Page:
The author does not fail to add however, that this epiphany, this life changing moment is never really truly separate from whatever work we may have done – “But it is no such thing. It is simply that last piece of the puzzle… being put into place… conversely, it truly can  strike out of nowhere…”

After recognizing the epiphany it is also important to find some reason and purpose via it so that we can turn it into something productive. The author then also goes into the science behind it all. The parts that I ranked topmost myself were however, the use of these epiphanies to work over various issues that we may face everyday. For instance, battling addictions.

There is also something called religious epiphany and while I did know something about it, I honestly never knew it had a dedicated term for it. The power of love is another thing the author talks about – how it can be caused due to the passion for life and love. Moreover, using dreams to b more productive is great too.

Verdict:

I think this is absolutely one of the best self-help books I have ever read. I rate it 4.5/5 stars!

About the reviewer:

Nayanika Saikia, is one of the foremost book reviewers from the North-east and Assam, and is also an admin for the official India bookstagram page on Instagram. She publishes her own reviews and recommendations for poetry, fiction, non-fiction etc. on her bookstagram account @pretty_little_bibliophile which won the NorthEast Creator Awards 2018, as well as in daily newspapers, online magazines etc.  She can be contacted at nayanikasaikia98@gmail.com .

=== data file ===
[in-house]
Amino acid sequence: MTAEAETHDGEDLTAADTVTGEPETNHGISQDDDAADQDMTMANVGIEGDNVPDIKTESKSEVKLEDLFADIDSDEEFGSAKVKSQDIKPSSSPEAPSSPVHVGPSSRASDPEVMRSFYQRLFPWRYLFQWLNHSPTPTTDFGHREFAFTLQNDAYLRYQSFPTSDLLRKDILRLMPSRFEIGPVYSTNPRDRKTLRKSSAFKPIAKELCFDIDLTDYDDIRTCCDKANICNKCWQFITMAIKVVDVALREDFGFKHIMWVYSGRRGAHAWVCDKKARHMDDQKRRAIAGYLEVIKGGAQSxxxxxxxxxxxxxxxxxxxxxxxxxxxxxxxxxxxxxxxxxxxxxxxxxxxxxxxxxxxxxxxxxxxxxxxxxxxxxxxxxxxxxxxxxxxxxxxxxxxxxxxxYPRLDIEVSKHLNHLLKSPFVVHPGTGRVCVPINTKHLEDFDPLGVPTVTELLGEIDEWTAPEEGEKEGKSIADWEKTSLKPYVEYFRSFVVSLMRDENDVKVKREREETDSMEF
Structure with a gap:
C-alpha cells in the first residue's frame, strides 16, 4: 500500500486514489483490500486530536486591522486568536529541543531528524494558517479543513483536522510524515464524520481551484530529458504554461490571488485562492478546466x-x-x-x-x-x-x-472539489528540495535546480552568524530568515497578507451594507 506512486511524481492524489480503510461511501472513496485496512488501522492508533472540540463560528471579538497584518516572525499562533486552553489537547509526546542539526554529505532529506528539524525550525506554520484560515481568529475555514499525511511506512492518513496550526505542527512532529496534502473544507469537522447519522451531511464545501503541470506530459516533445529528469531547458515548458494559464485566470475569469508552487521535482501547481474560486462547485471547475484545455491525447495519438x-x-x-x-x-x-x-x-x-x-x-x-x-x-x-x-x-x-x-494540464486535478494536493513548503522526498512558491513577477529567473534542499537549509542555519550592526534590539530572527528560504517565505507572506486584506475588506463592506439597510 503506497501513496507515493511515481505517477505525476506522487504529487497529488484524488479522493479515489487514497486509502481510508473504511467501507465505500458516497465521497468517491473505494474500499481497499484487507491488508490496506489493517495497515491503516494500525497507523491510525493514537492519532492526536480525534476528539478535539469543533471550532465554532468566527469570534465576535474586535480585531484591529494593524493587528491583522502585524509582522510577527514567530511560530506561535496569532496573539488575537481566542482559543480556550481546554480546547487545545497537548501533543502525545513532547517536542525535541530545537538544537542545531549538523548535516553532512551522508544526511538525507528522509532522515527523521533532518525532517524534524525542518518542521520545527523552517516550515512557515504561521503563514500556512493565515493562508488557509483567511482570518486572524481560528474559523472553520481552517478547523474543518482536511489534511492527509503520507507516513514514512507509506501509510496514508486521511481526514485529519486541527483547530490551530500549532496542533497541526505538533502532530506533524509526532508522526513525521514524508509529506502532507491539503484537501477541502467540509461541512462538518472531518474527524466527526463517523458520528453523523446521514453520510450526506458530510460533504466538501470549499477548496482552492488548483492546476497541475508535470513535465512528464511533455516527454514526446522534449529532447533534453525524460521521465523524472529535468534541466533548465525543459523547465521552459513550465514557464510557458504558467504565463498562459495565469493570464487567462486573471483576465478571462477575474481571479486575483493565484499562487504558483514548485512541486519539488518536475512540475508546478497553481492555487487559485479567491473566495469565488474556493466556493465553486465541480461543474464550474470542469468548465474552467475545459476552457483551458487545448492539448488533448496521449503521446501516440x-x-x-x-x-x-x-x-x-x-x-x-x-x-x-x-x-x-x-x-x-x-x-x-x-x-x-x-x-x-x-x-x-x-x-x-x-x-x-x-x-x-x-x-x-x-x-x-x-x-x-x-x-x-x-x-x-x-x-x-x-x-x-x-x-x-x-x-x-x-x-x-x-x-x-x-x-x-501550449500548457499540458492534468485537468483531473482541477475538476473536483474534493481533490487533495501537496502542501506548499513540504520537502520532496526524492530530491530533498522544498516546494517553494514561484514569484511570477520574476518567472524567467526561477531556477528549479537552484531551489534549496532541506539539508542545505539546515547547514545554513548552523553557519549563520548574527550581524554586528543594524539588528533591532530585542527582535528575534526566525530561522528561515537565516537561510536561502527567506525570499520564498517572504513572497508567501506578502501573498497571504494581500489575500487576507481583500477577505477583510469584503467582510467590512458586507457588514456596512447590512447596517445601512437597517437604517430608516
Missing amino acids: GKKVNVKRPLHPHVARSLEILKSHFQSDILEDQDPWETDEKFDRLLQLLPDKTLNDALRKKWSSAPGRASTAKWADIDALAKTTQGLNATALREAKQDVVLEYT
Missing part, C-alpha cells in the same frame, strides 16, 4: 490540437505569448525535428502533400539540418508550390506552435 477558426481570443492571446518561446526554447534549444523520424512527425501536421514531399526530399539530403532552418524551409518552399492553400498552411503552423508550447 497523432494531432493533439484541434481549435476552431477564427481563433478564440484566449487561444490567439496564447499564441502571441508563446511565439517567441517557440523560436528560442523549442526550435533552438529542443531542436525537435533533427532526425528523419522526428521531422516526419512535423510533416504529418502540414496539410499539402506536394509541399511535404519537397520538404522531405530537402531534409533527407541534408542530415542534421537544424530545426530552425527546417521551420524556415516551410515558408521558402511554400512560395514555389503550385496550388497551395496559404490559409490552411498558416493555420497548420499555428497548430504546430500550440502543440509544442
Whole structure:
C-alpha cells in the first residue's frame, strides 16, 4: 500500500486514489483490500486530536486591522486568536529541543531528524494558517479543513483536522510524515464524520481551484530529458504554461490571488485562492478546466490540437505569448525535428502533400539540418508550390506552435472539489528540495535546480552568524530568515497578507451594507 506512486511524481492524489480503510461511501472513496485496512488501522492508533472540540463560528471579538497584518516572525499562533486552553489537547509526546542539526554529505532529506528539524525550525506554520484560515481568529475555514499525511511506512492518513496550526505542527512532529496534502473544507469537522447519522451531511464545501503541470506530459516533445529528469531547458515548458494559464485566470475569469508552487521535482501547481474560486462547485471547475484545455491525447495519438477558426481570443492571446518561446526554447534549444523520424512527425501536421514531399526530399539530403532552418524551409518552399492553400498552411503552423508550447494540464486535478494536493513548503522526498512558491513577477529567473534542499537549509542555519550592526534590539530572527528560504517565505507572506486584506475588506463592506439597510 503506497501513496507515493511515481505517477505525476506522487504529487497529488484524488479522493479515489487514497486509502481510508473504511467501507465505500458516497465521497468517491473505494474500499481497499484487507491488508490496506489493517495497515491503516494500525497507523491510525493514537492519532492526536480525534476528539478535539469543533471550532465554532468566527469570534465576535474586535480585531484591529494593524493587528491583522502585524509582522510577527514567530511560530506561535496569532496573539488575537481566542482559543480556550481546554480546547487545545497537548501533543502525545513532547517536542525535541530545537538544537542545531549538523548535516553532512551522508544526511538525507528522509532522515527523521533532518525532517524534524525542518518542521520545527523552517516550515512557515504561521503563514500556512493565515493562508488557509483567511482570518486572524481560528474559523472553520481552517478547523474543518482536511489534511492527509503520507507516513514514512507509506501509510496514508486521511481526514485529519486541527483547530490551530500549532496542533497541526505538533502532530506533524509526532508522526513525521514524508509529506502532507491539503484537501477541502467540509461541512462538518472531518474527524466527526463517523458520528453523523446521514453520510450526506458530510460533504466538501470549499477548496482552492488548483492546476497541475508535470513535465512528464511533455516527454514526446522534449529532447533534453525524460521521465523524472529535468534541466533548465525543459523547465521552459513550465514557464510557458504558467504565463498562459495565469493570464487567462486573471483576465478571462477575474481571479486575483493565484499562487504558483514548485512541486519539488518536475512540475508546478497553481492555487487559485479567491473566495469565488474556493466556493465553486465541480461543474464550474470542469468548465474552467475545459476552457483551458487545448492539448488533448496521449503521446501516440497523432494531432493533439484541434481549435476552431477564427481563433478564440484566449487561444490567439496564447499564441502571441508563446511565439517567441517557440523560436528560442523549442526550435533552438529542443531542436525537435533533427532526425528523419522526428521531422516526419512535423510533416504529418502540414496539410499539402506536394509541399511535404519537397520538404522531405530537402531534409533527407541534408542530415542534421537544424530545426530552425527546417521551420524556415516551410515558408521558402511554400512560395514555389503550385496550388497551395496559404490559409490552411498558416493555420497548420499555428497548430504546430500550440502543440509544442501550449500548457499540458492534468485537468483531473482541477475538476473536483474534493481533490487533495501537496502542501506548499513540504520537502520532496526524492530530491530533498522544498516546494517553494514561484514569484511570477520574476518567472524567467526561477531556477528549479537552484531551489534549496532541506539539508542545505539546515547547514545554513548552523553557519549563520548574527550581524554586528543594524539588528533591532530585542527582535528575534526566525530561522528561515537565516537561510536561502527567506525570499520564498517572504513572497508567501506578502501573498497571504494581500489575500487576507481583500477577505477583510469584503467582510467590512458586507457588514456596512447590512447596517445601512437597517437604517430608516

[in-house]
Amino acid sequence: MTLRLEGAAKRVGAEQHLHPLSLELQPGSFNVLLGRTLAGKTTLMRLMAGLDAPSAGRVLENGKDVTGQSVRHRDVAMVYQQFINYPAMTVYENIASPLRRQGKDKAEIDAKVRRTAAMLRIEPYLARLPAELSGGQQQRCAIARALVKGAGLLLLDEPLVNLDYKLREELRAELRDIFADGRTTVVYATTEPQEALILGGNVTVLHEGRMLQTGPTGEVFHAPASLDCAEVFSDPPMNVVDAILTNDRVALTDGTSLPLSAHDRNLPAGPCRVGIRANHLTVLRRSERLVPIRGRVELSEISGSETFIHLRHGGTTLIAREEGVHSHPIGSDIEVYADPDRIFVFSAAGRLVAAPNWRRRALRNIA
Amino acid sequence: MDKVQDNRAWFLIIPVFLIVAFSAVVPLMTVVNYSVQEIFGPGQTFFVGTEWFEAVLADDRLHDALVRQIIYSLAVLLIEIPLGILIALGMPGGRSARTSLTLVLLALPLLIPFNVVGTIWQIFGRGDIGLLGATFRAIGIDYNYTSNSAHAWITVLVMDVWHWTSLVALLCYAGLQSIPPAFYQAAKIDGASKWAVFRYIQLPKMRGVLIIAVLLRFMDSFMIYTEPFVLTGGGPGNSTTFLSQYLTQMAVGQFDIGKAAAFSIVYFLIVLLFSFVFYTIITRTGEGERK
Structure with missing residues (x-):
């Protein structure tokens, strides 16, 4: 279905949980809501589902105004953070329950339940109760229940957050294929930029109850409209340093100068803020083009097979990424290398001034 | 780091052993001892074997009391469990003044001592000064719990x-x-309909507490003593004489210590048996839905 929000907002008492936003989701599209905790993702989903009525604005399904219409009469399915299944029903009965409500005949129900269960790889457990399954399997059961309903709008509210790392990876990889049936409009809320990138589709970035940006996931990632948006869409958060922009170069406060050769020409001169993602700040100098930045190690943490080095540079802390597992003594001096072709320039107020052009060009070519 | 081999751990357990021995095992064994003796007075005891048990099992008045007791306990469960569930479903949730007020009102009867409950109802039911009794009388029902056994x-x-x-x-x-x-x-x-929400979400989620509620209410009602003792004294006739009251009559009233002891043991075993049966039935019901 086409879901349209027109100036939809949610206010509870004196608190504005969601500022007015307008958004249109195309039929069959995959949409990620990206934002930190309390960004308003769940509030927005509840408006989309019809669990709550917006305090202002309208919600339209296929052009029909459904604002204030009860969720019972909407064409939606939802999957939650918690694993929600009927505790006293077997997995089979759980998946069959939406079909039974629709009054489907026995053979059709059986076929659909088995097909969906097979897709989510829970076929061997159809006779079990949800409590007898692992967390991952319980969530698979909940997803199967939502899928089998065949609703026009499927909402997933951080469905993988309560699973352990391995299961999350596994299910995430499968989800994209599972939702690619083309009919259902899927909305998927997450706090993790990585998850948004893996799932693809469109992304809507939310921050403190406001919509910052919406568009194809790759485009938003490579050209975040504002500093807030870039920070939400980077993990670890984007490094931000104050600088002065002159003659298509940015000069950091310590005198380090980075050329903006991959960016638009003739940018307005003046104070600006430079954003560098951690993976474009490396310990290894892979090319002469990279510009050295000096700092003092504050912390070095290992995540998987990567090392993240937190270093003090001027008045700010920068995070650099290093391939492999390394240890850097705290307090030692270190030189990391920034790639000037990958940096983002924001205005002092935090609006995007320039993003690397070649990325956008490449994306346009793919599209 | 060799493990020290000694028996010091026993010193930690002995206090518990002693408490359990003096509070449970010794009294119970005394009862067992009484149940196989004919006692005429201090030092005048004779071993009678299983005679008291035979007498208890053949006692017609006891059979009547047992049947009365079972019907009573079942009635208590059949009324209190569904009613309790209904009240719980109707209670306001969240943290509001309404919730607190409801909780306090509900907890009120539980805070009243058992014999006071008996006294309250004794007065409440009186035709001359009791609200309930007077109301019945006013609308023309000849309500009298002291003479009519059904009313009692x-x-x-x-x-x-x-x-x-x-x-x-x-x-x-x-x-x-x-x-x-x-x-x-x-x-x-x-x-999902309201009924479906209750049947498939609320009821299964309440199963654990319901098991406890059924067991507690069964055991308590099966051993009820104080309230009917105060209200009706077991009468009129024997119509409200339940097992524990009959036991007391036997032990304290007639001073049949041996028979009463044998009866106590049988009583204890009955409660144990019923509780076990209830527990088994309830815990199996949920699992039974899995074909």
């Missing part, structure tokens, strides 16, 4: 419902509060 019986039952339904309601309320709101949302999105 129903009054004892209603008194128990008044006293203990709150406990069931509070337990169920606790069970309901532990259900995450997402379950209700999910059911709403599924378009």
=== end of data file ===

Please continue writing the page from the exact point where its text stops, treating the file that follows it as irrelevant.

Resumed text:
The Women who Ruled India: Leaders. Warriors. Icons. by Archana Garodia Gupta, 2019

Title: The Women Who Ruled India: Leaders. Warriors. Icons.

Author: Archana Garodia Gupta

Publisher: Hachette India

Genre: Historical

Format: Paperback

Language: English

No. of pages: 299

Synopsis:

The history of India, more often than not, is a history of the men who were in charge. Largely forgotten are the women who, even centuries earlier, shaped the fates of entire kingdoms.

In The Women Who Ruled India, writer and researcher Archana Garodia Gupta revives 20 such powerful figures from the archives, offering us a glimpse of their fascinating lives. Among them are Begum Samru, a courtesan who went on to become the head of a mercenary army and the ruler of Sardhana; Didda of Kashmir, known for her keen political instinct and a ruthlessness that spared no one; Rani Abbakka of Ullal, the fearless queen who took on Portuguese colonizers in their heyday; and Rani Mangammal of Madurai, the famed administrator who built alliances at a time when going to war was the order of the day.

These women and others like them built roads, instituted laws and were generous patrons of the arts and sciences. Their stories of valour and diplomacy, leadership and wit continue to inspire today. Peppered with anecdotes that showcase little-known facets of their personalities, the accounts in this book celebrate heroic rulers who – ‘quarrelsome’ though they might have been – were iconoclasts: unafraid to forge new paths.

My review:

I received a review copy from the publishers in return for an honest review. Opinions expressed in this review are completely my own.

The Women who Ruled India was a really inspiring read. I personally think that this is a great book to gift to the young women as well as men, in our lives. Reading this book at an impressionable age with be a great benefit.

The women here are brave and just, and that is a great lesson. It teaches us to understand that being brave and courageous does not necessarily mean that we do not fear anything, rather we overcome the fear. This book also shows so many instances when these wonderful, beautiful women always put their people and their subjects above their own lives. Being so selfless is another quality that is worth mentioning.

The manner that this book is written in – inclusion of the history first as an introduction, the woman’s general life span history and a short story or instance at the end. This makes sure that you are not bored as you move through the amazing stories of such inspiring women.